Film & TV

The problem with Death Note

Is not actually white washing

The problem with Death Note
written by Chiara Ferrero-Wong
September 29, 2017 3:59 pm

You may have heard about the new Netflix original Death Note, a movie based on the extremely successful Japanese manga and anime. Death Note is a story about a teenage boy who finds himself in the possession of a book which gives him the power to kill anybody so long as he knows their name and what they look like.  

The new film is a western adaptation, using the original premise with slight plot variations – and it takes place in Seattle, Washington, instead of in Japan. 

Since the release of the cast list, the movie has been receiving a lot of negative attention in the media. People are accusing the film of whitewashing the original story. 

These whitewashed stories have been in the news a lot recently. People are frustrated with the movie and TV industries for continuously casting white actors in traditionally non-white roles. A recent sore point was the casting of Tilda Swinton as a Tibetan monk in Marvel’s live-action Doctor Strange. In the comic books, Swinton’s character was always depicted as being Asian, whereas Swinton is white. 

Similar accusations have been made regarding the new Death Note movie. In the manga the characters were all Japanese. In the new film, the majority of the cast is made up of white actors. 

But it doesn’t actually look like Death Note is the best example of a whitewashed story. 

The movie was meant to be an adaptation, not simply a real-life version of the manga.  

Because the movie takes place in an entirely different location, it only makes sense that the cast reflect the diversity of the new city. According to Seattle’s 2016 census, the city’s population is almost 70 per cent Caucasian. This could explain the decision to cast white actors as the majority of the characters. That’s not to say that they couldn’t have cast Japanese actors; that’s a bit of a separate problem.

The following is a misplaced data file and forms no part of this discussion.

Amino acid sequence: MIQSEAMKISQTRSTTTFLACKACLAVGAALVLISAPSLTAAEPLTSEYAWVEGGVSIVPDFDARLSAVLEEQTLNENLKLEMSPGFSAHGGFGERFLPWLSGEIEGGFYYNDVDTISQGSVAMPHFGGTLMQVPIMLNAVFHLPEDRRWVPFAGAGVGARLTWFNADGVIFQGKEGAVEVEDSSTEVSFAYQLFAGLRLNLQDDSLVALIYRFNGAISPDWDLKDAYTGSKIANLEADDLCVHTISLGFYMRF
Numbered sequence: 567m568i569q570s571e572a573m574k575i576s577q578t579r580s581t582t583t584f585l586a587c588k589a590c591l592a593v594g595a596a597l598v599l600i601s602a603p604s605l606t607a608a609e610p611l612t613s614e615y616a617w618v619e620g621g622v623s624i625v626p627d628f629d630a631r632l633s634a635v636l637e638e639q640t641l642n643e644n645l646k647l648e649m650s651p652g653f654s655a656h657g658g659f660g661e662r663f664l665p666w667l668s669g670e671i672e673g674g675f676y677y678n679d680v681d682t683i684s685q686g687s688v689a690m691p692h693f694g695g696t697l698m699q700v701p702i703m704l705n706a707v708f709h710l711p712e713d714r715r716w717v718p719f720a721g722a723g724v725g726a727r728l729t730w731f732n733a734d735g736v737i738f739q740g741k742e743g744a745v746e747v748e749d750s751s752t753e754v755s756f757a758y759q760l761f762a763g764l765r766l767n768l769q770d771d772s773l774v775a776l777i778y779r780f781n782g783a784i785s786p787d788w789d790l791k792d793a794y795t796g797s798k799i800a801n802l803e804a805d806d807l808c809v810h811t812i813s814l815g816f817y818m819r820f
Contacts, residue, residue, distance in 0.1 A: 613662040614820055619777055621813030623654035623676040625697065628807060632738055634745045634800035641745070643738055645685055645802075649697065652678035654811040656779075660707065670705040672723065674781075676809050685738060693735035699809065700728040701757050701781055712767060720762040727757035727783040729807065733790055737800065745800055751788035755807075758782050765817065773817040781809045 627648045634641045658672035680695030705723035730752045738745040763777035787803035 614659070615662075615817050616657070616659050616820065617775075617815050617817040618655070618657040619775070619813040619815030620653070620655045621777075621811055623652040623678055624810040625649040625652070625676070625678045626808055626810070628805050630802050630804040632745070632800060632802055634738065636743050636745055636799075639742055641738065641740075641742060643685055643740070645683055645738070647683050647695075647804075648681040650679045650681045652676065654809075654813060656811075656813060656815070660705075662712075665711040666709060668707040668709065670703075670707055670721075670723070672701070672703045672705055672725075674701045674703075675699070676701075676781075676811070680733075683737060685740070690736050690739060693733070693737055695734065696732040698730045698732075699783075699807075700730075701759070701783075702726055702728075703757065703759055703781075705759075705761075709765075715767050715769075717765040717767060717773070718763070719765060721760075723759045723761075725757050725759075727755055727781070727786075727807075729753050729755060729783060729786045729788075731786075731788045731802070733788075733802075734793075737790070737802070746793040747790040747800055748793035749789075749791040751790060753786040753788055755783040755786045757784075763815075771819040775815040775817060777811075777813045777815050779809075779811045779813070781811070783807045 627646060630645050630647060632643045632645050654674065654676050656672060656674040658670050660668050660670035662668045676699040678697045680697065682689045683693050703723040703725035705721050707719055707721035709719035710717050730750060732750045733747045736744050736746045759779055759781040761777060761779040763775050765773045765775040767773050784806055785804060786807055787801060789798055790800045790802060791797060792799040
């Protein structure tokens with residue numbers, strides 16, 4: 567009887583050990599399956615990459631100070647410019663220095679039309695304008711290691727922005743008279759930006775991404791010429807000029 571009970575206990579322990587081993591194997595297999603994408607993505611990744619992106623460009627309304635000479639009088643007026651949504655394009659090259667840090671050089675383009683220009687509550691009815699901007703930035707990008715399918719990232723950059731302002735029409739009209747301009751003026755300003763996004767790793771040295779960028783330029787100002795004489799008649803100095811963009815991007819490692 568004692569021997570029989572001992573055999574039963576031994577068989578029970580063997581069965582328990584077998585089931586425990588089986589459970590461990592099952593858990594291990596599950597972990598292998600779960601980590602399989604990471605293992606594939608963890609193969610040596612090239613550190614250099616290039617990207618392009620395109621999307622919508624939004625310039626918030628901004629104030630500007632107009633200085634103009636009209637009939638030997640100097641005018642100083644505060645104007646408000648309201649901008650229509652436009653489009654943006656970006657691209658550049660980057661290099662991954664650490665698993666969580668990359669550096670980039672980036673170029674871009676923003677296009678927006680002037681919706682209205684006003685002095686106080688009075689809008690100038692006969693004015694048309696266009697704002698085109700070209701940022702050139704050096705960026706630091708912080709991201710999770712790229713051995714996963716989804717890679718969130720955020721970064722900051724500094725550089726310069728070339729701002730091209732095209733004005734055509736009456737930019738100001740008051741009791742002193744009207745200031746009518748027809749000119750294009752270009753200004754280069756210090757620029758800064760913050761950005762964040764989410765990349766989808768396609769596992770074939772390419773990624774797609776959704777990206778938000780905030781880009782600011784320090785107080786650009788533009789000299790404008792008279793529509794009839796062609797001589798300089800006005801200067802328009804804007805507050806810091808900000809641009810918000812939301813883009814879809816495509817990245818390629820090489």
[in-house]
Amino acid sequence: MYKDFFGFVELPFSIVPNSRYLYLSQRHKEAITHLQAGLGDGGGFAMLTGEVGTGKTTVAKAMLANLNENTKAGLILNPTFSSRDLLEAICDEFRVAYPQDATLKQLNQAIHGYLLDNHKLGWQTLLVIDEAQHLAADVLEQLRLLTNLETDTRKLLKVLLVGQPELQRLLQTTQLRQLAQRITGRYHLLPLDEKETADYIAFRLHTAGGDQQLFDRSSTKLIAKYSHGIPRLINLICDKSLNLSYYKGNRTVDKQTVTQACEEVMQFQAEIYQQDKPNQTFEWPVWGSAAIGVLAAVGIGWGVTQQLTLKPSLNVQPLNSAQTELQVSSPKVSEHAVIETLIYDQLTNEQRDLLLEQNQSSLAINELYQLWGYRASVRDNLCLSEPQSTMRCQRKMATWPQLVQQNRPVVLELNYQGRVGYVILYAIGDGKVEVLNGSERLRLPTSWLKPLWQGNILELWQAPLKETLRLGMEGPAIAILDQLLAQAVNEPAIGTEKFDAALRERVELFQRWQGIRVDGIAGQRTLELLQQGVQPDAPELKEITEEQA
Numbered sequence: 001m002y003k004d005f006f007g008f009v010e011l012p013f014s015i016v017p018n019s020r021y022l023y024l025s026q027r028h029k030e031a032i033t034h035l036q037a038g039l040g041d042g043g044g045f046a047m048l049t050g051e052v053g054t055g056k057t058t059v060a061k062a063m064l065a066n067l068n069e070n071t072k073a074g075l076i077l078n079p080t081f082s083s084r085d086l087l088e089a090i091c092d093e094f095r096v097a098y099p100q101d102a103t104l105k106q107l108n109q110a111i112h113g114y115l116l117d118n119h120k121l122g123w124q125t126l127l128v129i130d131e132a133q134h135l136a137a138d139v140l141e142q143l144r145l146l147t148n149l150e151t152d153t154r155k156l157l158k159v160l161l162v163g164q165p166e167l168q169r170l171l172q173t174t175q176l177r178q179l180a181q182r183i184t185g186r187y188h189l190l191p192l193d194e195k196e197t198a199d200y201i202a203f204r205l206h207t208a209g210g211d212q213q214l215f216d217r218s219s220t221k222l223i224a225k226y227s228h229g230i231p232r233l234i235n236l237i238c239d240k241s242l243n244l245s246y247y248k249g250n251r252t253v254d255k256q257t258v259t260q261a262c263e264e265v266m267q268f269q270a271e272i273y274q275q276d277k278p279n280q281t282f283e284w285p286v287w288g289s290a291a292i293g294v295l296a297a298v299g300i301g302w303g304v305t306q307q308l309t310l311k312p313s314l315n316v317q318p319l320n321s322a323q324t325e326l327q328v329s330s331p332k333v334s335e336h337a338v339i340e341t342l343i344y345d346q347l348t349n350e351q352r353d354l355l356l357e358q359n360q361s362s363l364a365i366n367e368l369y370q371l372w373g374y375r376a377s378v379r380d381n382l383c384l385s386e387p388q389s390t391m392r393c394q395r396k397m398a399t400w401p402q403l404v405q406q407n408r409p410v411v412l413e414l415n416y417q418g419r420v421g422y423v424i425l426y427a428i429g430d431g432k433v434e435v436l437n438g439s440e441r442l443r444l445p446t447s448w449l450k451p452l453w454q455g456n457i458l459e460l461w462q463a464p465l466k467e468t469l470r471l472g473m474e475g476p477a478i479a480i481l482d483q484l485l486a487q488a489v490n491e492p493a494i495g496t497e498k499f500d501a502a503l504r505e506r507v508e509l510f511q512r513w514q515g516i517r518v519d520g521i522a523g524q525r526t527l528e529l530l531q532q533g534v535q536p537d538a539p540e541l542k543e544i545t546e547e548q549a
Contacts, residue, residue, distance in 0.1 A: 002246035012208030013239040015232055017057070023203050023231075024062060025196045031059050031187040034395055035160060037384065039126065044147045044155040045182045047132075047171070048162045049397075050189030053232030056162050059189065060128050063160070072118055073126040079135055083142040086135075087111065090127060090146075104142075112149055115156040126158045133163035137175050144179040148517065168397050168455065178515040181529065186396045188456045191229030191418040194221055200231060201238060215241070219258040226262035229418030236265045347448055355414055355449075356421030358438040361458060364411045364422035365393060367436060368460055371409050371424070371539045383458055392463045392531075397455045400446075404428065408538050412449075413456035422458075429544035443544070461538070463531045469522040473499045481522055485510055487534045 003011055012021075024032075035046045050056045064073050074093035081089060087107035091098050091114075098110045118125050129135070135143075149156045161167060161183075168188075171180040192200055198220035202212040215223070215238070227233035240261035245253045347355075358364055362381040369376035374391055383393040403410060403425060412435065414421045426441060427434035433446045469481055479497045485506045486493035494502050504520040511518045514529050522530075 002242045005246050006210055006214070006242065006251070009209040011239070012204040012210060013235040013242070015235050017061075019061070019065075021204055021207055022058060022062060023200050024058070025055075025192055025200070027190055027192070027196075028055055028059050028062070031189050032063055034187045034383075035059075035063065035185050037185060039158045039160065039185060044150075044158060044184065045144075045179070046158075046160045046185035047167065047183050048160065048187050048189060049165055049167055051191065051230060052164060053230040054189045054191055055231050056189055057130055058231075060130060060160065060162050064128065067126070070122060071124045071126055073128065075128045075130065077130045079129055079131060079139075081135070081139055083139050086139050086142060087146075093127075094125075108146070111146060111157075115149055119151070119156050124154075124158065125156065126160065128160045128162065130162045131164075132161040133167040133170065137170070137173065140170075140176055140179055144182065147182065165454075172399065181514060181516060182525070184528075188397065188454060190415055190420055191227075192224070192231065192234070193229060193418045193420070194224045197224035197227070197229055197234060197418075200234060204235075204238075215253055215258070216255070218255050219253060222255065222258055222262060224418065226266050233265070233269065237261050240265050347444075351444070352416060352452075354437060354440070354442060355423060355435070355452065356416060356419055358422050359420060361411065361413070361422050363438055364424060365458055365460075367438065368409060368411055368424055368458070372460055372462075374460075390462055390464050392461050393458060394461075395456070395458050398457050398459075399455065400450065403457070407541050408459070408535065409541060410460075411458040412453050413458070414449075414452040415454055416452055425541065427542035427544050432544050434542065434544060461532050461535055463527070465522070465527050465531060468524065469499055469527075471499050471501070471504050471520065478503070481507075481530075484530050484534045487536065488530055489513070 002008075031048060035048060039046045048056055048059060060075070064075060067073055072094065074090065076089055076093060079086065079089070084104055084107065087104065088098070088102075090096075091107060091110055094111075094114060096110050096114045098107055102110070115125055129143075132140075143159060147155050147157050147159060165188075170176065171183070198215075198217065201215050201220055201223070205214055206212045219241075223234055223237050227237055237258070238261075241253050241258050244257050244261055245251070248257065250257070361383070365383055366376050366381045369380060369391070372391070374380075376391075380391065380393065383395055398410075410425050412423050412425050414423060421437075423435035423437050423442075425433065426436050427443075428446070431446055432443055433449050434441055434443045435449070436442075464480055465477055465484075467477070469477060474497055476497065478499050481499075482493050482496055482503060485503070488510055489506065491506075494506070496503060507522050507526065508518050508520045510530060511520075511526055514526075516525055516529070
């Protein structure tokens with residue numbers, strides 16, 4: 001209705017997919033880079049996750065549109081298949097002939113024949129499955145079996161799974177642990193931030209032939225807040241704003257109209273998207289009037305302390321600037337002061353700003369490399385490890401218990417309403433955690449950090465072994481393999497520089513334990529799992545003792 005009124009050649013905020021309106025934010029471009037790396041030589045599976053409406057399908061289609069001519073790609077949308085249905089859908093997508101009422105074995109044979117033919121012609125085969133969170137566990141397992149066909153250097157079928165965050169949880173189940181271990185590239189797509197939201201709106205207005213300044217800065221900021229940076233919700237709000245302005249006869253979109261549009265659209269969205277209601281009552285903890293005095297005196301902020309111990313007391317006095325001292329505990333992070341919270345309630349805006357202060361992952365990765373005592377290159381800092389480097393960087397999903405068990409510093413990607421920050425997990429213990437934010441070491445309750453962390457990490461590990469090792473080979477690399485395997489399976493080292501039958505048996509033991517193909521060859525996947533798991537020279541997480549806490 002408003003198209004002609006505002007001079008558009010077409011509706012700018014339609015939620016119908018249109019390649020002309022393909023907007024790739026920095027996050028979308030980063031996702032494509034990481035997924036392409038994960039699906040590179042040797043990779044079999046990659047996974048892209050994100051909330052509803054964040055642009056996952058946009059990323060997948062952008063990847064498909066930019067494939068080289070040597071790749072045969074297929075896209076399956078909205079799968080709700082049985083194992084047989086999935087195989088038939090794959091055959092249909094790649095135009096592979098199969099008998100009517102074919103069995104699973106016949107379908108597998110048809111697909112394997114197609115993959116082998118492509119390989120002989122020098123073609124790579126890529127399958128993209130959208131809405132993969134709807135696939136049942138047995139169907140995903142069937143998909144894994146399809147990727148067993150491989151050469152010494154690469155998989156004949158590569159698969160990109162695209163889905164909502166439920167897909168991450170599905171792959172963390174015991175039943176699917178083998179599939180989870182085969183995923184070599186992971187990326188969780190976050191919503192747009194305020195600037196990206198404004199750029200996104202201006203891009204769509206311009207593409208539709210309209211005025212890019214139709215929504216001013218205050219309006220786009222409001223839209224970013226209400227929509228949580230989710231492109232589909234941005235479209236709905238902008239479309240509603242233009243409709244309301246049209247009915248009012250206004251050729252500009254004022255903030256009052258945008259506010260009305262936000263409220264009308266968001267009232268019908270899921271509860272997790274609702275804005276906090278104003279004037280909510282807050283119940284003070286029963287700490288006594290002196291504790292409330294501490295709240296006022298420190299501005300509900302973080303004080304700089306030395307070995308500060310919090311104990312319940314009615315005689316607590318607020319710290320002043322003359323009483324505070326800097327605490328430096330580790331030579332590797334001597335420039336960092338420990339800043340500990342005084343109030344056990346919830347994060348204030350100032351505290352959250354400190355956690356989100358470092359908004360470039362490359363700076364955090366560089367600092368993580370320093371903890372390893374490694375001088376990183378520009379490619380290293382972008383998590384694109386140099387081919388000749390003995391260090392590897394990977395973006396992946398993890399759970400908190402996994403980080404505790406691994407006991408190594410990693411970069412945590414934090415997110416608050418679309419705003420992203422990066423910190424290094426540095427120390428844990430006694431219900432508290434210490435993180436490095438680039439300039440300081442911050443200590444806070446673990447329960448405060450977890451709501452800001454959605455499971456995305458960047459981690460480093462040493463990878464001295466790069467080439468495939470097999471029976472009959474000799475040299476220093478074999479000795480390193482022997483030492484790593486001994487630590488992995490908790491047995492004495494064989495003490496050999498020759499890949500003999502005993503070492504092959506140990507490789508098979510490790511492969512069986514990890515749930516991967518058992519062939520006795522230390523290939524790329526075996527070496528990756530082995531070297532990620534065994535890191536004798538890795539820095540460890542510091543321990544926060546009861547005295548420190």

If the movie is to be accused of any racial discrimination, it would be the usual underrepresentation of minority groups in the cast. Though there are non-white actors in the movie, it still only has its token minority characters, such as Keith Stanfield who plays the character L.  

This issue, though slightly different, is definitely related to whitewashing. 

It’s an issue that’s been gaining a lot more attention in recent years, most obviously in all the controversy about the “whitest Oscars ever.” People are feeling more empowered to speak against the issue of the severe underrepresentation of non-white actors in films as it more well-known that it’s an issue that needs to be fixed.  

Action needs to be taken on both the administration side, but also on the actor side – recently Ed Skrein, after being cast as a traditionally Japanese character in the new Hellboy reboot, turned down the role in order to not whitewash the character. This is an example of the kind of action that needs to be taken in order for any change to happen. Should this change occur, it will hopefully succeed in showcasing the talented non-white actors who up until now have been receiving less attention, than their white colleagues. 

Maybe, just maybe, the story shouldn’t have been adapted at all, maybe the live-action film should have remained in Japan in order to protect the cultural integrity of the film. But since it hasn’t, it’s important to realize that yes, there are issues with the new Death Note movie; but it’s not whitewashing. It is the all too common issue of the homogeneous white casts that prevail in western cinema.